Will NIST CSF v2.0 Move the Dial on Cybersecurity?

Will NIST CSF v2.0 Move the Dial on Cybersecurity?

Will NIST CSF v2.0 move the dial on cybersecurity?

NIST has released v2.0 of its popular Cyber Security Framework (CSF). The framework, which is widely used in the US and around the world, has been updated and extended in several areas, including:

  • The target audience has been expanded from those in critical national infrastructure to all organizations across all industry sectors, from the smallest schools and nonprofits to the largest agencies and corporations.
  • A suite of additional resources has been created, including ‘quick start guides’, implementation examples, and mappings to other cybersecurity frameworks and documents.
  • A new focus on governance emphasizes that cybersecurity is a major source of enterprise risk that senior leaders should consider alongside others such as finance and reputation.

With the addition of ‘Govern’, there are now 6 core functions that aim to organize cyber security.

NIST CSF Core Functions

Each NIST CSF function is divided into categories, which are related cybersecurity outcomes that collectively comprise the function. Subcategories further divide each category into more specific outcomes of technical and management activities.

There have been additions, removals, and reorganizations of categories and sub-categories in v2.0.

The new Govern function has 6 categories, each with several sub-categories:

CSF v2.0 Categories of the New Govern Function

Organizational Context

The circumstances — mission, stakeholder expectations, dependencies, and legal, regulatory, and contractual requirements — surrounding the organization’s cybersecurity risk management decisions are understood

Risk Management Strategy

The organization’s priorities, constraints, risk tolerance and appetite statements, and assumptions are established, communicated, and used to support operational risk decisions

Roles, Responsibilities and Authorities

Cybersecurity roles, responsibilities, and authorities to foster accountability, performance assessment, and continuous improvement are established and communicated

Policy

Organizational cybersecurity policy is established, communicated, and enforced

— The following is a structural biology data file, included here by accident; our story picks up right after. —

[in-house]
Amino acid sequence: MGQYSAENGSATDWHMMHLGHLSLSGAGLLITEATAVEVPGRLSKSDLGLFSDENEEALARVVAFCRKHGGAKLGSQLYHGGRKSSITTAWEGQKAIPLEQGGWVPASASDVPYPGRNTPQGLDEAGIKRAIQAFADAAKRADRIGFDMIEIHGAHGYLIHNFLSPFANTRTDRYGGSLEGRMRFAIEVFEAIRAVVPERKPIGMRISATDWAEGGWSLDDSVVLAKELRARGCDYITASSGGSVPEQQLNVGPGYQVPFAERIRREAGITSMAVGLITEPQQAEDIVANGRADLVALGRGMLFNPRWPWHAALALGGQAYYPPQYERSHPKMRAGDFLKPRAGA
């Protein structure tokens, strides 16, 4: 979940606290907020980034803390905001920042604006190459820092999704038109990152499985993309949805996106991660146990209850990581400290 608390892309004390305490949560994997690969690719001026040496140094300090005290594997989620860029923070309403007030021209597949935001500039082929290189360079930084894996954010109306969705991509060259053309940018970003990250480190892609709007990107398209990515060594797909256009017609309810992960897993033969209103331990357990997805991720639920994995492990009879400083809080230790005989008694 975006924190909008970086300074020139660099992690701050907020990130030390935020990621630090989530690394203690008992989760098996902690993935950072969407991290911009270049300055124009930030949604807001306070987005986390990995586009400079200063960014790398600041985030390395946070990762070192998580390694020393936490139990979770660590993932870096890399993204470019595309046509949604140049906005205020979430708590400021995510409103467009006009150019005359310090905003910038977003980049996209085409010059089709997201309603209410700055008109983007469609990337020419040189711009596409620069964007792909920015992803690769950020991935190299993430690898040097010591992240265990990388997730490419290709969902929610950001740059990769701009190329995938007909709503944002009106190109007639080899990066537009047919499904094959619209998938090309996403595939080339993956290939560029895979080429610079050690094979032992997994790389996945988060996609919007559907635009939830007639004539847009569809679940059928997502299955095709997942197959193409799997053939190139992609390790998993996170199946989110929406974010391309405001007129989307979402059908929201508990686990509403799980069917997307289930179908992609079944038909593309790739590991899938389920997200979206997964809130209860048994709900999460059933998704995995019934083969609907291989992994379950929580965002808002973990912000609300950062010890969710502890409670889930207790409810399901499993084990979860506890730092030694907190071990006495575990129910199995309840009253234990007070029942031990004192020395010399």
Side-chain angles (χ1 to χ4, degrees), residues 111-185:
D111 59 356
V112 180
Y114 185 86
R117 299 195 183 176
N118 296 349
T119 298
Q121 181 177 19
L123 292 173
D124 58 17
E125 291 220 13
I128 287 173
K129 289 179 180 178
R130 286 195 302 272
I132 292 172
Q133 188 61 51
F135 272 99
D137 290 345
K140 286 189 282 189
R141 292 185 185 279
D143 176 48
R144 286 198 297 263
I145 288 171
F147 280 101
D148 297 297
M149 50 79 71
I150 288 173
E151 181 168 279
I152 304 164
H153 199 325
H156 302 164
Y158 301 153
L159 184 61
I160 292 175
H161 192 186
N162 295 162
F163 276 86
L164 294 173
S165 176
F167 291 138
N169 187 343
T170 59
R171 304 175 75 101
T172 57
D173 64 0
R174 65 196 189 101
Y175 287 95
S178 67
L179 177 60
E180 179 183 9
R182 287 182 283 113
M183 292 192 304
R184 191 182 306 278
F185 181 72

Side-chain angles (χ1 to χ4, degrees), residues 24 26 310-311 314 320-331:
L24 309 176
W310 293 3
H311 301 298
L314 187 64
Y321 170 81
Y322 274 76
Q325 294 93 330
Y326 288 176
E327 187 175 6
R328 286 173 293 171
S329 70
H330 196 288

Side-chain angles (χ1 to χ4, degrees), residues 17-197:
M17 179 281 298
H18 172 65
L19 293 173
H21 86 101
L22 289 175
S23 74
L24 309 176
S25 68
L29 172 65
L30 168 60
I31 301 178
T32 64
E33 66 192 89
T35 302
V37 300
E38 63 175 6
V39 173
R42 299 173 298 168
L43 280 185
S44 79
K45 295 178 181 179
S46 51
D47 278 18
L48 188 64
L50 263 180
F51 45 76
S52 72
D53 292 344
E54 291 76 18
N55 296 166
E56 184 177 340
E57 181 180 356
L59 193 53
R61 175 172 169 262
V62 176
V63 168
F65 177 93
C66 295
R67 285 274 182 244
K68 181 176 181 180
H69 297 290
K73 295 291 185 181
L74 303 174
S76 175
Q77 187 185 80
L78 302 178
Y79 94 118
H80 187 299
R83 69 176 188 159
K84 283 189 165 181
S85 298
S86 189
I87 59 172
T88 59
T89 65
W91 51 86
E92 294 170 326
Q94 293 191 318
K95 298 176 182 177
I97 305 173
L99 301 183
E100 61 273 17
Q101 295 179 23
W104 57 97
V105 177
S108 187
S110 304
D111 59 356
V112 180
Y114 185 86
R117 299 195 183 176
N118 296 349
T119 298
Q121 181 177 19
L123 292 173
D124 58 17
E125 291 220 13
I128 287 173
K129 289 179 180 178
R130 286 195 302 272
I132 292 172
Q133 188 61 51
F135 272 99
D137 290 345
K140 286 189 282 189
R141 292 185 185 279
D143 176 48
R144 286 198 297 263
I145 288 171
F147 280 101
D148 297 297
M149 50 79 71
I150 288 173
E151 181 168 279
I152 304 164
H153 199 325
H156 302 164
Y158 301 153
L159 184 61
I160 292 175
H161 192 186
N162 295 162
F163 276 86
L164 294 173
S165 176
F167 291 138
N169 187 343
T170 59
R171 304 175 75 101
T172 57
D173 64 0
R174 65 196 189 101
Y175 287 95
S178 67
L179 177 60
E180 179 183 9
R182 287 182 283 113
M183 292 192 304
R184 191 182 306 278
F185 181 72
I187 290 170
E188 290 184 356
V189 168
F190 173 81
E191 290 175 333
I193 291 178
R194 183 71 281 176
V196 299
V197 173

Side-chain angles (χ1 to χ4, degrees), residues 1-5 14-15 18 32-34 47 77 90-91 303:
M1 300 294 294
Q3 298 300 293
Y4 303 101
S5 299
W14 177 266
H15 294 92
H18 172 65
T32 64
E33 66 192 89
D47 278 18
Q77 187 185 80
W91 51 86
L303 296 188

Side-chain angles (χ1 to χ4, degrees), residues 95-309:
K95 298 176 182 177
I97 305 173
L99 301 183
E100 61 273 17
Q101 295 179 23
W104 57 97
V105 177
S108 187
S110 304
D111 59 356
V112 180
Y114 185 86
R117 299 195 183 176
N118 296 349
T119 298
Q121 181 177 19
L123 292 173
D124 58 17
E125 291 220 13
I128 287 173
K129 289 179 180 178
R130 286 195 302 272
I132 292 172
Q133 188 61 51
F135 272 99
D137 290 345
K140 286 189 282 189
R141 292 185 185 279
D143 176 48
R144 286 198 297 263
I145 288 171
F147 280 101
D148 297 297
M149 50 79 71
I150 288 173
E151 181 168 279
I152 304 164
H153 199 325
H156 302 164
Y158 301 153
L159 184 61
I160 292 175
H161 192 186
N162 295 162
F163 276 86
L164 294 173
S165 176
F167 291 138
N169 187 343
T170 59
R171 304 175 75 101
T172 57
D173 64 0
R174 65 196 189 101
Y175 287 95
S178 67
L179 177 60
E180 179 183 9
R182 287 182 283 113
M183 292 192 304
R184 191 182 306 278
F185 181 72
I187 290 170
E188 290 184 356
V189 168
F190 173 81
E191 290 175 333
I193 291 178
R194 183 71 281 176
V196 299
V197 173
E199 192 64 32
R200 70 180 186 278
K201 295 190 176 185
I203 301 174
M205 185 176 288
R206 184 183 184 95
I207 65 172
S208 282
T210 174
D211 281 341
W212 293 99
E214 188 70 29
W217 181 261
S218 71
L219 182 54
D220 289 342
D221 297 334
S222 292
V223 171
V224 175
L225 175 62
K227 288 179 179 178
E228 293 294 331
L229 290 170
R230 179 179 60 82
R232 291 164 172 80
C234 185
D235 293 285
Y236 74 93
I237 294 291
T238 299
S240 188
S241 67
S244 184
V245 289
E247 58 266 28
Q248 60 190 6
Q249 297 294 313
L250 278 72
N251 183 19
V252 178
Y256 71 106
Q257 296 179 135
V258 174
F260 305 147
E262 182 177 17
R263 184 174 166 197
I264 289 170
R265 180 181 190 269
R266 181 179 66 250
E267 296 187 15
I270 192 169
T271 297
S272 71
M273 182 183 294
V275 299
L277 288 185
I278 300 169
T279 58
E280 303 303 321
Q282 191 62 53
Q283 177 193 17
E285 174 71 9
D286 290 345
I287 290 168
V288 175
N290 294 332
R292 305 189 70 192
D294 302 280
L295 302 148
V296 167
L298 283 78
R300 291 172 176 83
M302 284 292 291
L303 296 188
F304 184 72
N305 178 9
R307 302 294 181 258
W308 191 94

Oversight

Results of organization-wide cybersecurity risk management activities and performance are used to inform, improve, and adjust the risk management strategy

Cybersecurity Supply Chain Risk Management

Cyber supply chain risk management processes are identified, established, managed, monitored, and improved by organizational stakeholders

The new Govern function is significant, and in recognising cybersecurity as a material business risk, it aims to integrate cybersecurity with broader enterprise risk management (ERM), including the definition of roles and responsibilities and better communication of cybersecurity risk to executives.

The question remains, however: with Cybersecurity Ventures predicting that cybercrime will cost the world $9.5 trillion in 2024, will v2.0 move the dial on cybersecurity? [1]

At Acuity Risk Management, our take is that v2.0 will help – in particular, the introduction of the Govern function raises cybersecurity up the executive agenda, which will connect cybersecurity with decision-makers and enable a more holistic and less siloed approach.

However, NIST CSF v2.0 is, as its name suggests, just a framework, and, in our opinion, two further actions are required to implement v2.0 in a way that stands a chance of halting and perhaps even reversing cybercrime losses. The first of these is implementing the CSF within the wrapper of a ‘risk-based management system’, and the second is independent assurance.